I seem to keep running into this idea of childhood and my childhood this summer. This time it happened due to my summer vacation back to the state and city where I grew up and where my grandma still lives today: Nashville, Tennessee. Although I’ve spent a lot of my life in Austin, TX, some very important things happened to me in Tennessee: it’s where I learned to ride a bike, lost my first tooth, learned to read, wrote my first “short stories” (If “Once upon a time [some sentence about a fairy queen] and they lived happily ever after” counts), sold Girl Scout cookies, and let my imagination steer me at every turn. It’s where my family still lives, the people who really helped raise me. Even just preparing for the visit reminded me of McFlurry shakes for breakfast with my grandmother and Friday nights spent exploring the many toy chests at my great aunt’s house.
I haven’t thought seriously about these connections and my childhood past for many years. I didn’t have time to visit so the memories faded away into the burning hot Austin and Houston summers, the time when I would usually be road-tripping with my mom and sister back to Pabi’s house. When I arrived in the airport, I was immediately surprised by how much everything seemed foreign and yet delectably familiar at the same time. Wading through crowds of people, I didn’t recognize any faces. But when I rounded a corner close to the baggage claim, I knew this was the spot where the golf store used to be. The golf store my dad loved so much that he drove us out to the airport to visit it when I was five (that was in the pre-9/11 days when you could just visit an airport for shopping). It continued that way through much of the weekend: driving down unfamiliar big streets only to turn a corner and run head-first into a memory of riding the car with my parents home from elementary school or a Sunday night family dinner.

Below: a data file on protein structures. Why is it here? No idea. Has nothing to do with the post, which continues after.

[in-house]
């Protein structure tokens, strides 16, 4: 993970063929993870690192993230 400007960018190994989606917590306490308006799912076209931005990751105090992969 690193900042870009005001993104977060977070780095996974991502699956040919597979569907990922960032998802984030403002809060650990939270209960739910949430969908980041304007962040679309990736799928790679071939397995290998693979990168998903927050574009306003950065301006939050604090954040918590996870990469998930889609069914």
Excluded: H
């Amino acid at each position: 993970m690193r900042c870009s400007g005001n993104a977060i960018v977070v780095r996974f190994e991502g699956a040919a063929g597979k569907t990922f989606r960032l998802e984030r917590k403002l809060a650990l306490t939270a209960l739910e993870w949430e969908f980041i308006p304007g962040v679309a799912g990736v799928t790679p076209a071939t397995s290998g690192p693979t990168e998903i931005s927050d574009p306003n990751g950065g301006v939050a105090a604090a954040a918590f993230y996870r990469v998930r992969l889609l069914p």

It was wonderful to be thrown back into the person I used to be. To remember the joy of being a child. I was almost jealous for my 6 year-old self, the one who could spend hours inventing imaginary games about pirates and kidnapped princesses in the backyard. No need for gadgets or even other people to aid me. As a playwright, I sometimes wish I could go back to harness all those fearless creations and play-act as if no one was watching once again.
But in other ways, the weekend showed me how much has changed in the past five years. Last time I visited, my great aunt didn’t live in a nursing home and my grandmother was still working. I noticed how much they had slowed down. Three days wasn’t enough time to really show them how much I loved and cared about them, wasn’t enough time to catch them up on everything that has happened in the past five years–the years when I graduated both high school and college.
Mostly, my family showed me how much I have changed and grown into the person I suppose I am meant to be. I stand taller now. In large family gatherings I’m still the quiet one taking all the conversation in–but I know how to make myself heard when I do have something to add. I have written plays. My mom and sister are especially proud that I have my own artistic sense of fashion now and they don’t have to drag me unwillingly through malls and department stores.
I can’t say that I’d sacrifice any of the progress I’ve made by journeying far away from Nashville and spending time away from my family, becoming an independent woman. And yet, as I left it behind again, I couldn’t help but already begin to miss hugs from my grandma and the smell of rain heavy on the green hills of Tennessee. Somehow, even if it’s only in spirit, I need to find a way to stay connected with my Southern roots.